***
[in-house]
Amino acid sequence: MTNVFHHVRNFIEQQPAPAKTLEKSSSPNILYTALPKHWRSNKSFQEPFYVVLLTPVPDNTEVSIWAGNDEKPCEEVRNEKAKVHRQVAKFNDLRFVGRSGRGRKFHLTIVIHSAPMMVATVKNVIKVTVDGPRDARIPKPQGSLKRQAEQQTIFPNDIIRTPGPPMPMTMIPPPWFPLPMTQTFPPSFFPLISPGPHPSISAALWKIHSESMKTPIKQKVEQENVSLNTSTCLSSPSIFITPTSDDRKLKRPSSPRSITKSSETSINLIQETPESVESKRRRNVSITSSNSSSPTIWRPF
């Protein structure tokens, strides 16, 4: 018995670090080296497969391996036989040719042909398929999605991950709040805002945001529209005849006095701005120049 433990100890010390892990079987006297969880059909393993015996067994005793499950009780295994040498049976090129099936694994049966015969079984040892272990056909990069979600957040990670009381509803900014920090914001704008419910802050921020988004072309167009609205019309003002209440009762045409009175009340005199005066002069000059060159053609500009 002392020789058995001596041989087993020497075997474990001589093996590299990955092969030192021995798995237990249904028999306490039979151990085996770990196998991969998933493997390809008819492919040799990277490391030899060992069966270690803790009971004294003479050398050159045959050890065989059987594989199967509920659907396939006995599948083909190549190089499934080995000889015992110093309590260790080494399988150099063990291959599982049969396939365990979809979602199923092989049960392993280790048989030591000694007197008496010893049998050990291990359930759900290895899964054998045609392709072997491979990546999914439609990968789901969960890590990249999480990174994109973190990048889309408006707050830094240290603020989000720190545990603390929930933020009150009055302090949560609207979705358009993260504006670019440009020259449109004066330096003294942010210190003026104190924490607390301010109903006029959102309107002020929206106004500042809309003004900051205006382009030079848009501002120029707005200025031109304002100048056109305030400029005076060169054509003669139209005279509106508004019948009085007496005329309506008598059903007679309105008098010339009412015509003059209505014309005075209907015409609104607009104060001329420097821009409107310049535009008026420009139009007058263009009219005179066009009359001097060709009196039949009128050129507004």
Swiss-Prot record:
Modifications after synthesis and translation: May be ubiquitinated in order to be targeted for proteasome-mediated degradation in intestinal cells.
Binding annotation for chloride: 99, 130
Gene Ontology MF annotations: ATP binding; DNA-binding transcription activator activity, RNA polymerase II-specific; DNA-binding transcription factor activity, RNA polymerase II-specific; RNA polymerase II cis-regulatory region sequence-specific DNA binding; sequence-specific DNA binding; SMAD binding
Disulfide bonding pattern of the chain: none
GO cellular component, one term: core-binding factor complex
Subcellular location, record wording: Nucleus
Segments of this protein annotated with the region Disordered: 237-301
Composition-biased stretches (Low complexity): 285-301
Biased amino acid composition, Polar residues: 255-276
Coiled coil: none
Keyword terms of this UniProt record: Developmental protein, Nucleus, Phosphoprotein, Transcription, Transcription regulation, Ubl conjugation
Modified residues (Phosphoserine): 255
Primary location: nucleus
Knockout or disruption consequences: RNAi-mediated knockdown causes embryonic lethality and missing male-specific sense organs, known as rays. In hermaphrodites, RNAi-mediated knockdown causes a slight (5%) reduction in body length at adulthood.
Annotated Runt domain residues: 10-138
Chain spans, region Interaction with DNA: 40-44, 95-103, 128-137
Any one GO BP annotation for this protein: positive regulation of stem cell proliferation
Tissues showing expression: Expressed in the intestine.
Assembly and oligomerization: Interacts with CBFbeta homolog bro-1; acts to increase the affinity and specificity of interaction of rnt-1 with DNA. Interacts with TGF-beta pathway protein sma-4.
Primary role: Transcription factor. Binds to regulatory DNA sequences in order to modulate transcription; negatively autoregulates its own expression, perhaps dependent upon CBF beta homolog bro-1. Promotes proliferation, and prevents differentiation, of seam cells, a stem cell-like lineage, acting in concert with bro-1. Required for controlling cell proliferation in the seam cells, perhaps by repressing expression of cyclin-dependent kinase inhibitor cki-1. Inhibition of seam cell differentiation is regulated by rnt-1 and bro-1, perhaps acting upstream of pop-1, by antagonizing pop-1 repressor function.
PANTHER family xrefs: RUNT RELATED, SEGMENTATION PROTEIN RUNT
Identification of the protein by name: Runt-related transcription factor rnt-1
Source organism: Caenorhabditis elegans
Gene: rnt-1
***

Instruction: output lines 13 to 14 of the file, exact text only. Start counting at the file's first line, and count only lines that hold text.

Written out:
Biased amino acid composition, Polar residues: 255-276
Coiled coil: none